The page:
Courtesy of Twin Peaks Productions Decorate with a Pile of Logs If you’re stuck throwing your party in the middle of the city, or the middle of the desert, or the middle of anywhere that’s not a haunted lumber town in Washington, it might be a good (and not that expensive) idea to have a pile of logs lying around. After all, logs were, themselves, pretty prophetic in the series, so surely they’d make for engaging party guests. You could also place a pad of paper next to the pile of logs, so that your actually-living guests could write down everything the logs have foreshadowed for them.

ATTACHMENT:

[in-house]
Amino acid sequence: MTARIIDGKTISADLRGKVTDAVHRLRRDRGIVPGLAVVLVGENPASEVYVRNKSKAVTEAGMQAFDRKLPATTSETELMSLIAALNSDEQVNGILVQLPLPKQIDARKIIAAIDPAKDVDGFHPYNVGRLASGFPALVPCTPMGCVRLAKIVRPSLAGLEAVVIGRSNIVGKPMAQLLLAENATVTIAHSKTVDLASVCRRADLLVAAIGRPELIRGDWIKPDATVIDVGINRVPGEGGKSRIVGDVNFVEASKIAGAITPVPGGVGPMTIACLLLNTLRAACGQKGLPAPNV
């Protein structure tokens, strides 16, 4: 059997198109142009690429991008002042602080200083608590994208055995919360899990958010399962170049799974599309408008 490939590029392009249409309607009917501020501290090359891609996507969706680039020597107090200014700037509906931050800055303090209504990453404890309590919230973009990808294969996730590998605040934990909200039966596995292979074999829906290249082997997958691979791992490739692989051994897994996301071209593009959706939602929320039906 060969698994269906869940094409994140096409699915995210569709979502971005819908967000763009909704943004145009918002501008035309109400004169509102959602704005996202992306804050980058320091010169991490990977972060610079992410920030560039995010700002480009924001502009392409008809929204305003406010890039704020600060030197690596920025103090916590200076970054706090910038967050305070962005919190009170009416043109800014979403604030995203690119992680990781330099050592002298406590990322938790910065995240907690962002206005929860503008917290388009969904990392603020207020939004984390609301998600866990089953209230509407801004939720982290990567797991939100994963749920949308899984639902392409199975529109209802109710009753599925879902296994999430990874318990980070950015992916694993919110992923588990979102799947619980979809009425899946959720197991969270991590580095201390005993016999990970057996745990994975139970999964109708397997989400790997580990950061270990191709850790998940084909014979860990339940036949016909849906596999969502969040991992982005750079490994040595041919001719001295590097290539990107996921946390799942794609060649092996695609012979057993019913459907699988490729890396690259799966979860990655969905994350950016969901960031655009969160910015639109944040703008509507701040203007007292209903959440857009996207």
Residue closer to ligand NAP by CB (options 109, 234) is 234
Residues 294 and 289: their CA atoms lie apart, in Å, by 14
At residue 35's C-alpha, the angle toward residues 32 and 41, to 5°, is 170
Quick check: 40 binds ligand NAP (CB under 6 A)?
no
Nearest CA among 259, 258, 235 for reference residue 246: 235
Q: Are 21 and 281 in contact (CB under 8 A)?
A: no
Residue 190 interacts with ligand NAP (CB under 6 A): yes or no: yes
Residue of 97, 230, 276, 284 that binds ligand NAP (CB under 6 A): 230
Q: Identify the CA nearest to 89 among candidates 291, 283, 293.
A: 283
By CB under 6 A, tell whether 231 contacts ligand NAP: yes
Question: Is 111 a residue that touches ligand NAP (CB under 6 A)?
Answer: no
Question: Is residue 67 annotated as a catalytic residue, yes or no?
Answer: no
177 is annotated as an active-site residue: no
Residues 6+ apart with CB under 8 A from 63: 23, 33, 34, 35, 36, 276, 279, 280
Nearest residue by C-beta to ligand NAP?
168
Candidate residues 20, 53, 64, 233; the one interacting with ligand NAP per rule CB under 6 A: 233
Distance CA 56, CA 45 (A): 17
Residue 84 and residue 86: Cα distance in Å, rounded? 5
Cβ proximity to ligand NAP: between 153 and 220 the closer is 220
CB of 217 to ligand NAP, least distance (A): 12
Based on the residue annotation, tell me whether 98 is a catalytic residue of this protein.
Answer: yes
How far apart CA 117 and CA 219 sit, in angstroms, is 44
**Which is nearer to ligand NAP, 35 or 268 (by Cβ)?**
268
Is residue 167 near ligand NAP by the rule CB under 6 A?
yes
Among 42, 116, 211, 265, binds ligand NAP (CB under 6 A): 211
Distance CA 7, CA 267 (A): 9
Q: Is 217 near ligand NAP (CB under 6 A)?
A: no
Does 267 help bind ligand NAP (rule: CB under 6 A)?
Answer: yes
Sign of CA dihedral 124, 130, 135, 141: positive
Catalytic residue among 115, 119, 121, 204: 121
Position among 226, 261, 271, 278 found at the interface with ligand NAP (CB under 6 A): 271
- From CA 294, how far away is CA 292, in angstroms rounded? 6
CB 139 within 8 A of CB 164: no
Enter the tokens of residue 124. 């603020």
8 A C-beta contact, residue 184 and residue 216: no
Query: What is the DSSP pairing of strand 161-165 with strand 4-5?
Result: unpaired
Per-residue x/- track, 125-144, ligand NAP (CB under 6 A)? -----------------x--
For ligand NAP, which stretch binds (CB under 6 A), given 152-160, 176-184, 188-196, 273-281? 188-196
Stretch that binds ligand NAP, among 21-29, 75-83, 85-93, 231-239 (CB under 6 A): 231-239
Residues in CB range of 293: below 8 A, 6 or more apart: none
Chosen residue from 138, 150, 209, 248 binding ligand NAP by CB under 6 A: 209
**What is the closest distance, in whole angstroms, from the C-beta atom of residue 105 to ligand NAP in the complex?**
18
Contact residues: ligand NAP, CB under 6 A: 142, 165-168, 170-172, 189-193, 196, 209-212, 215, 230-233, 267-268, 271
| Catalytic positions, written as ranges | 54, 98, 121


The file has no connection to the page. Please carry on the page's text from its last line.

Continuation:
Courtesy of Twin Peaks Productions Dress Your Pet as an Owl That’s “Not What [it] Seems” One of Twin Peaks’ most inexplicably creepy quotes — the aforementioned “the owls are not what they seem” comment — really sets a tone for the series as a whole. Honor it by dressing your pet — be it a dog, cat, octopus, or rock — in an owl costume, and wait for guests to realize that, right in front of their very eyes, the quote about owls transgressing their given form is coming to life. Have an Emotional Dancing Contest One famous scene in Twin Peaks sees the bereaved Leland Palmer cry-dancing on a dance floor with no one in particular, as suddenly others at the party try to cover up his display of grief before it results in bad PR by imitating his odd dancing to make it look normal. And everyone at your party should, at some point, have to do the same. Hold a cry-dancing competition towards the end of the evening, once everyone’s feeling really weird after drinking too many of those coffee cocktails.